You are here

Biographical Directory of Article III Federal Judges: Export

The database export is in the form of a comma-delimited CSV file, updated nightly. When you click the link below, you will have the option to open the file in your computer’s default spreadsheet program or to save the file to your computer, in which case you can later import the file into any spreadsheet program.

Database Export

General notes about the export:

  • Microsoft Excel does not recognize pre-1900 dates as dates. To make columns containing these dates sortable, import the columns as text and then convert month, day, and year into separate columns.
  • Although the data in the Biographical Database of Article III Federal Judges is historical, it is not necessarily unchanging. The Federal Judicial History Office makes every effort to present data that is as accurate and complete as possible. Occasionally, however, errors or omissions necessitating edits or additions to the historical data are discovered. Researchers with questions regarding discrepancies in the data over time or any other aspect of the export should contact the History Office (history@fjc.gov).
  • Published references to information from this database should use the citation: History of the Federal Judiciary. http://www.fjc.gov. Web site of the Federal Judicial Center, Washington, DC. 

Notes on terminology (column headers and other terms requiring further explanation):

  • “nid” refers to “Node ID.” This is a unique identifier for each judge generated solely for purposes of the FJC’s biographical database. The Node ID also corresponds to each judge’s biography on the website and may be used to create a link to a biography (for example, the biography of a judge with Node ID 1394646 will appear at: http://www.fjc.gov/node/1394646).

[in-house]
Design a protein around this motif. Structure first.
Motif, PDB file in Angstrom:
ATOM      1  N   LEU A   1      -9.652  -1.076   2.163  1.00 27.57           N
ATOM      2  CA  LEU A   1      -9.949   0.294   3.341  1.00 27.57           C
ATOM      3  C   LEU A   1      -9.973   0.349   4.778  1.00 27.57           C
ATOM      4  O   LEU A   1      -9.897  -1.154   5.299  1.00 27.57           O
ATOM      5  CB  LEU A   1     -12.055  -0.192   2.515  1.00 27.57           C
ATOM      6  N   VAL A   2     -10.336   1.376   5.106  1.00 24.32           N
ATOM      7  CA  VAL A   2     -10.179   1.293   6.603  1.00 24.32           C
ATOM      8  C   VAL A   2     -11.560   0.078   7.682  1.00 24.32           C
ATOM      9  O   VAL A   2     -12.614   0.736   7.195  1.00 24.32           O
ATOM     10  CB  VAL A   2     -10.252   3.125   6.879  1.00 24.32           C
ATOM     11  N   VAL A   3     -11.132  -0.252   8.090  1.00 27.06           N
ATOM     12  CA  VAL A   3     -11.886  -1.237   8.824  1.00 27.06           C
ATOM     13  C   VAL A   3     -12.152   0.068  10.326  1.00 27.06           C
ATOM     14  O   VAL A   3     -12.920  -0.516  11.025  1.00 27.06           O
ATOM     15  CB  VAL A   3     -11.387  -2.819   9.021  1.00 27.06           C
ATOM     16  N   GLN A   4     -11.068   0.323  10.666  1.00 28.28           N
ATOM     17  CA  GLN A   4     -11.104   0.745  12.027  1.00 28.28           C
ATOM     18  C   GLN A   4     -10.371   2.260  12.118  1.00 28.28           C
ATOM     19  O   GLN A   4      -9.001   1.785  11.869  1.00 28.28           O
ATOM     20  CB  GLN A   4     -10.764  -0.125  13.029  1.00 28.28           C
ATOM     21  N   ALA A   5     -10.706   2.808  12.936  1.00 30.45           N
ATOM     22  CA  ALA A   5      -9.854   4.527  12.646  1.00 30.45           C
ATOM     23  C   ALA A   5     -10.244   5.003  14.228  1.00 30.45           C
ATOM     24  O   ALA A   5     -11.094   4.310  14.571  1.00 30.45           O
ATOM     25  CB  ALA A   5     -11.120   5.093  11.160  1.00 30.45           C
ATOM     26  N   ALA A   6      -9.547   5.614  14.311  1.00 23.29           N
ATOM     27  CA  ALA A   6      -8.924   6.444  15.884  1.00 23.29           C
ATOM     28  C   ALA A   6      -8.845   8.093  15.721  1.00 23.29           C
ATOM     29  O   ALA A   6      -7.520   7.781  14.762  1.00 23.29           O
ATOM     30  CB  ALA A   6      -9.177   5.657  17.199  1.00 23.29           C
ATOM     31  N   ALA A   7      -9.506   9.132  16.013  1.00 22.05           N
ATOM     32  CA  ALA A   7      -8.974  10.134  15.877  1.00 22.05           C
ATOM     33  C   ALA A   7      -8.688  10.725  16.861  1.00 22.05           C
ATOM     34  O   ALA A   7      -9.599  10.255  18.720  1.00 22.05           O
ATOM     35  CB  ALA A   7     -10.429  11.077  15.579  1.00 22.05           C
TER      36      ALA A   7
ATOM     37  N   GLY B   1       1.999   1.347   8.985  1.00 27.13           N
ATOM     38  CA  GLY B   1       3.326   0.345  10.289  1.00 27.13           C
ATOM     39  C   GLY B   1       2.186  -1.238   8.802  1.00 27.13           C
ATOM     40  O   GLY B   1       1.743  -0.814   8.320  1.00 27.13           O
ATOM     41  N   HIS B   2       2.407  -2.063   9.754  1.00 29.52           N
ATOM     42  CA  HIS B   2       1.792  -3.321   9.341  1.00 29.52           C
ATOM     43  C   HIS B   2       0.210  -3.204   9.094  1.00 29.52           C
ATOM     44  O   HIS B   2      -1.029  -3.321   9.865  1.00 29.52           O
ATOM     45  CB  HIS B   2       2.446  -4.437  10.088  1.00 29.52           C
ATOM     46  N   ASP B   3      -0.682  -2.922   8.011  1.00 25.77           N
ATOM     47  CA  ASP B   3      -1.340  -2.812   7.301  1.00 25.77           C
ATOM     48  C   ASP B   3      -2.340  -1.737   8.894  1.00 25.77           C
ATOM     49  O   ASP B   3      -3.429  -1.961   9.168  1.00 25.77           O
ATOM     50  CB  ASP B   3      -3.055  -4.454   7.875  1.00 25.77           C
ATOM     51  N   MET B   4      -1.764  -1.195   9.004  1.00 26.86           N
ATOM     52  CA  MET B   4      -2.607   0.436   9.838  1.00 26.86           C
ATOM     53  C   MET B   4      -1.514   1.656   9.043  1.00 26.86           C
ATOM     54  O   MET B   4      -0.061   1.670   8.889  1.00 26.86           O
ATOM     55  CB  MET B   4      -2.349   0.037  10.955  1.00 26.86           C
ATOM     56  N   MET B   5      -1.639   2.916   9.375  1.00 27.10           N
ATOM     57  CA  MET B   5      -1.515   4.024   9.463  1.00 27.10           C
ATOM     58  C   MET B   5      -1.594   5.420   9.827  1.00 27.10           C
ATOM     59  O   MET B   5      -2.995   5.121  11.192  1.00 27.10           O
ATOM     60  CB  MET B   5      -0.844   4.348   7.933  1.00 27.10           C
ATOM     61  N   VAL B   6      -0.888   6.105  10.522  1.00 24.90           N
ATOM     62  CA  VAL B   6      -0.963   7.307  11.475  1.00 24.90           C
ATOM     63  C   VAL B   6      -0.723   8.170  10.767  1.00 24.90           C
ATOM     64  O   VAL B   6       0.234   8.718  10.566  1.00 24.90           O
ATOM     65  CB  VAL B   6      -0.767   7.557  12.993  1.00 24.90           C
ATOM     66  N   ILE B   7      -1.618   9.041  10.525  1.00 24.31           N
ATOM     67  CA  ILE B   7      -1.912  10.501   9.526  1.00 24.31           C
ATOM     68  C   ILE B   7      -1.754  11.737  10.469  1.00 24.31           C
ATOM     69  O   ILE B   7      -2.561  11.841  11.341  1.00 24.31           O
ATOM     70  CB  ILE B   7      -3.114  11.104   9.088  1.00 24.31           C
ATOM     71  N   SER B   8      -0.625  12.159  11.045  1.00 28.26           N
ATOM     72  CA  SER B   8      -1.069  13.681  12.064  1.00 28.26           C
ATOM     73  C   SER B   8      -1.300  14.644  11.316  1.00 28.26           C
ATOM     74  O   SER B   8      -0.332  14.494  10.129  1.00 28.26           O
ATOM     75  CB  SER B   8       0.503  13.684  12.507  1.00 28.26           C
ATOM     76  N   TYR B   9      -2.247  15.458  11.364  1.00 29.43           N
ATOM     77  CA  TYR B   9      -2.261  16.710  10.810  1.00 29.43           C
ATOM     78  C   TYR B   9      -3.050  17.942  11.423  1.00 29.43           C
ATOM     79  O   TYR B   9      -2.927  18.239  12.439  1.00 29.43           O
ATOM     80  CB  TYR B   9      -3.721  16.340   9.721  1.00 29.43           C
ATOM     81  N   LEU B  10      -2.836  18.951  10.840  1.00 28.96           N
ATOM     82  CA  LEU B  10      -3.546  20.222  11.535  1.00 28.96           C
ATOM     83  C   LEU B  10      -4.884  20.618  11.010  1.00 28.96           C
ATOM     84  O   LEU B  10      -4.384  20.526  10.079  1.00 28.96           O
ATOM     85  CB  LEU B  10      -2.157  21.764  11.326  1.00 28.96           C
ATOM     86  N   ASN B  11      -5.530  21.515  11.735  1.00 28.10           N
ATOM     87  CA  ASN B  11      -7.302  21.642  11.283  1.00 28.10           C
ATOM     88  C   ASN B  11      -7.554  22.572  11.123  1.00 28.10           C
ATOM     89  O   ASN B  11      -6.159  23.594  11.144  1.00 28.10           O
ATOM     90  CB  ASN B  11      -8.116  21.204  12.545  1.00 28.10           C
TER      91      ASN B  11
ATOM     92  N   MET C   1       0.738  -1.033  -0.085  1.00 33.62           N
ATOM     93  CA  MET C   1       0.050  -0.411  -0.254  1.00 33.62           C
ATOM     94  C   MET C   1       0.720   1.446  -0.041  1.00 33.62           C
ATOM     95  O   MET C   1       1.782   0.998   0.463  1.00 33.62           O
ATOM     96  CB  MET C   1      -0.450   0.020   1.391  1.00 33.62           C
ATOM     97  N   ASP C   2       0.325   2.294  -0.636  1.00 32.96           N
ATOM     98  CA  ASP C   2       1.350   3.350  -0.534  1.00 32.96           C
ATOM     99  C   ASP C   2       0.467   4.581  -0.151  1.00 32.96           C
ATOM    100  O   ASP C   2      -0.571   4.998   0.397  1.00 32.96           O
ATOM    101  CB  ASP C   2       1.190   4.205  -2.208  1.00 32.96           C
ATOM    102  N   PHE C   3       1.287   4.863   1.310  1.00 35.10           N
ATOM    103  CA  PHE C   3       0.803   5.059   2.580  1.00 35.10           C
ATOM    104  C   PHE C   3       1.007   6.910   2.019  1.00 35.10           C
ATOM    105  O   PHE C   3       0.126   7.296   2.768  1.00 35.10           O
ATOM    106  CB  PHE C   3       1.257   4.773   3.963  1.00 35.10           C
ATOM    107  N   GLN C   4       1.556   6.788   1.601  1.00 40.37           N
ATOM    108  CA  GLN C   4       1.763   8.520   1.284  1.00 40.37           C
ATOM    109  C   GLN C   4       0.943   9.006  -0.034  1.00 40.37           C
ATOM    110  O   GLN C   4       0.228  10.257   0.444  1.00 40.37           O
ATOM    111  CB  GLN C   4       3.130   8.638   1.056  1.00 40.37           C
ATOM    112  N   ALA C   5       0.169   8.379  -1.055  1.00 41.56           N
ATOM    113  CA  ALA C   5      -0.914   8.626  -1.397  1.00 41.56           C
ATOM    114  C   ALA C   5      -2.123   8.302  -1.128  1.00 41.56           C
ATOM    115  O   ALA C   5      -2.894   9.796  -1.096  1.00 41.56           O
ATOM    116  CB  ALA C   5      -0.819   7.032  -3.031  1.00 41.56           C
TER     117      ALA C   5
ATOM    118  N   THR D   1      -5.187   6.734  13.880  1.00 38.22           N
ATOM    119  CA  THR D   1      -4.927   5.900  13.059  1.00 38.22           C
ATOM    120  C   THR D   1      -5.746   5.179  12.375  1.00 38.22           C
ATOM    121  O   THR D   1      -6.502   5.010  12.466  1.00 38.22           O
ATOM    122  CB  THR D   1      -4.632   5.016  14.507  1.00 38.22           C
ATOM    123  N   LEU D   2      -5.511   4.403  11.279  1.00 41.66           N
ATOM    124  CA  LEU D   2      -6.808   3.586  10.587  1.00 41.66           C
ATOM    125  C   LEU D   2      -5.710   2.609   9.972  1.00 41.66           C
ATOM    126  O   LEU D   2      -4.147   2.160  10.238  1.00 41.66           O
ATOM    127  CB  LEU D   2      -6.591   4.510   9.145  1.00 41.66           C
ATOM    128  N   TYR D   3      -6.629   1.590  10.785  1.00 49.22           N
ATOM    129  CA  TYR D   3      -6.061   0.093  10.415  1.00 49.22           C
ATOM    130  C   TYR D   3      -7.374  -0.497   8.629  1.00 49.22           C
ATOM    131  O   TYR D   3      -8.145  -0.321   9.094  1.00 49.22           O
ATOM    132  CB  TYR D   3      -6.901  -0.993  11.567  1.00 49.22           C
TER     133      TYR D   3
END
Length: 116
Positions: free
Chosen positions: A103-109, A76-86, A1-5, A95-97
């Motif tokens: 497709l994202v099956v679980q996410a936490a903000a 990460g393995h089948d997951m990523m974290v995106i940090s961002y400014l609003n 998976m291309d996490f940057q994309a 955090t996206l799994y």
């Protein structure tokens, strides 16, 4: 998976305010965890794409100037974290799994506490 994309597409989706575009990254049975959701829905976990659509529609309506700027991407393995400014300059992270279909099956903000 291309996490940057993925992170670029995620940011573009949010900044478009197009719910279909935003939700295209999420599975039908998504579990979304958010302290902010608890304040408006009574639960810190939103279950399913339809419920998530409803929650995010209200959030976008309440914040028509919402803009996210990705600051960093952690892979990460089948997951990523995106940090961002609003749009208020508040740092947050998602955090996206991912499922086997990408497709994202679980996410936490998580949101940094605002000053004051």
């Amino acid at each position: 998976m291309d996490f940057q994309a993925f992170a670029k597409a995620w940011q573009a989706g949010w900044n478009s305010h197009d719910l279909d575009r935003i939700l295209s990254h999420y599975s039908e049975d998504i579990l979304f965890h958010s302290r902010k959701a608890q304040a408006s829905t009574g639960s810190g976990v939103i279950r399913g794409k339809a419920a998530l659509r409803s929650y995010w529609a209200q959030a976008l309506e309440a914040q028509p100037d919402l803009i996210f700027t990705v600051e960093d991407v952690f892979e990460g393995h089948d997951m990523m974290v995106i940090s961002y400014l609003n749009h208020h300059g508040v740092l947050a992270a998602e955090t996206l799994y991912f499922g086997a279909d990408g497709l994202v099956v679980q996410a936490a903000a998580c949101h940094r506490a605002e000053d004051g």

• “jid” refers to “Judge Identification Number.” This was used as a unique identifier for each judge, generated for purposes of the database, until July 2016. These numbers are no longer used and will not be generated for judges added to the database after July 2016, but will remain in the export as a courtesy to researchers who may have relied on them.
  • “Appointment Title” refers to titles received at the time of appointment, such as Chief Justice of the Supreme Court of the United States, rather than temporary titles held as a result of seniority, such as the chief judge of a U.S. district court.
  • “Reappointing President” and “Party of Reappointing President” are used in the rare instances in which a judge was appointed to the same seat by two different presidents, having received a recess appointment from the first and a nomination, followed by Senate confirmation, from the second.
  • Judiciary Committee Action: Prior to April 1864, and on a few occasions thereafter, nominations were listed in the Senate Executive Journal as having been reported by the committee, with no further detail given. Those nominations are listed in the export as "Reported (no recommendation recorded)." On the rare occasions when the committee stated explicitly that it was reporting a nomination without a recommendation regarding whether it should be confirmed, the term "Reported (without recommendation)" is used.